In some instances, fund managers have had a great run with “super-sized” returns that might be hard to match, and in other cases managers just see less opportunity, says Peter Martenson, partner and head of global distribution at Eaton Partners, a placement agent firm.
“We certainly are seeing [firms] saying, ‘We want to be honest with you,’” he says. “It’s a very delicate discussion. These are fund managers trying to keep a relationship. It’s like a marriage. Some things are said and some things are known but not said.”
Some limited partners already know that returns are likely to be lower, but actually speaking about it still can be difficult, Martenson says.
“It’s an open secret that [the private equity market is] more competitive and that return profiles are going to be compressed,” he says. “But to say it out in the open reinforces it. And sometimes you’re rewarded for being honest and forthright, and sometimes you’re pounded.”
In some cases, the conversation is not prompted by proactive managers, but instead by questions from consultants and investors, Martenson says. “They’re quizzing about the opportunity set, market conditions, return profiles,” he says. Most of the discussions will turn to the reasons for the lowered expectations – and these can go in many directions.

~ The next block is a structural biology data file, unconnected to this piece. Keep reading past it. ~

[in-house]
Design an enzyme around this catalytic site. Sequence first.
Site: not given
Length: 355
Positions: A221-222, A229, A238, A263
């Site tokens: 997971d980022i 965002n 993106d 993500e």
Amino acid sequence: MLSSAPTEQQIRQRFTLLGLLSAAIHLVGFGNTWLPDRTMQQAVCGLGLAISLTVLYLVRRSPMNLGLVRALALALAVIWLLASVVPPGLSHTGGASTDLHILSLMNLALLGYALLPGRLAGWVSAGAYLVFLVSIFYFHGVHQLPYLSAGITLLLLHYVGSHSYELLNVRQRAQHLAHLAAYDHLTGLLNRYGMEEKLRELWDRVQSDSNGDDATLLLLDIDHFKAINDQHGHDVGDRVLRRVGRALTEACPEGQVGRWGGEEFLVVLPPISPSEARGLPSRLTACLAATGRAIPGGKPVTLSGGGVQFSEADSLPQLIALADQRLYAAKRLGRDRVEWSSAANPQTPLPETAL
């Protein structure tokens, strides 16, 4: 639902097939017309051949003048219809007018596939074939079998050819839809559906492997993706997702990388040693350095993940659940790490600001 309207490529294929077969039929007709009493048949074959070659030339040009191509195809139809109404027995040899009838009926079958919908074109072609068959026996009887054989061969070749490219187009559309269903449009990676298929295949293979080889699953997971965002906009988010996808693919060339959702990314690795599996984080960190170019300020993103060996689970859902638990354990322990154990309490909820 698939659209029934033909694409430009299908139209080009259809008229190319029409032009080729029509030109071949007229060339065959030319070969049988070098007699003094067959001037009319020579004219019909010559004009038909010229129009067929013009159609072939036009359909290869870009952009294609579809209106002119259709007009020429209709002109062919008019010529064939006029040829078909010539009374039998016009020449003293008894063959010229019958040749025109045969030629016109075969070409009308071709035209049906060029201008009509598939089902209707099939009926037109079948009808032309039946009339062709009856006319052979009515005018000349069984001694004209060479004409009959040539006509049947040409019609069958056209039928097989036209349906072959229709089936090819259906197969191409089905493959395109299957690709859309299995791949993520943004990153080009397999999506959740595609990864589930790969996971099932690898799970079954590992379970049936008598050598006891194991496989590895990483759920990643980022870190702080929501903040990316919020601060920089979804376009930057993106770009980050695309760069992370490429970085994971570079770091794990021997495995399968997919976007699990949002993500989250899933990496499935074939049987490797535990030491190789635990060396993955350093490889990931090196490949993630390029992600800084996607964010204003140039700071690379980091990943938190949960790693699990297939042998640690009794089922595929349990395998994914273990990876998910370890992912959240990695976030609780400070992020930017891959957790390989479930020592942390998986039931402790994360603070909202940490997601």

Yet another rationale in the background is the sense that private equity as an asset class has begun to “mature” and that high-flying returns of decades past may be harder to attain for all but the best managers – or for particular sectors focused on growth, such as venture capital, or on distressed opportunities, such as mining and minerals, Martenson says.
“Private equity is much more mainstream and competitive, and outsized returns are more muted,” he says. “Private equity is about finding inefficiencies, and managers are good at that. But these pockets that can dramatically outperform are becoming harder to find.”
Fund managers are trying various approaches to communicate these messages to their investors, Martenson says. For some, “it’s a subtle discussion on how to lay it out,” often in a conversation with investors, he says.
“But some investors said, ‘Whoa,’” Martenson says. “Setting those lower expectations in ink may have made it harder than it would have been, but they went ahead and walked people through why there was a lower return profile.”
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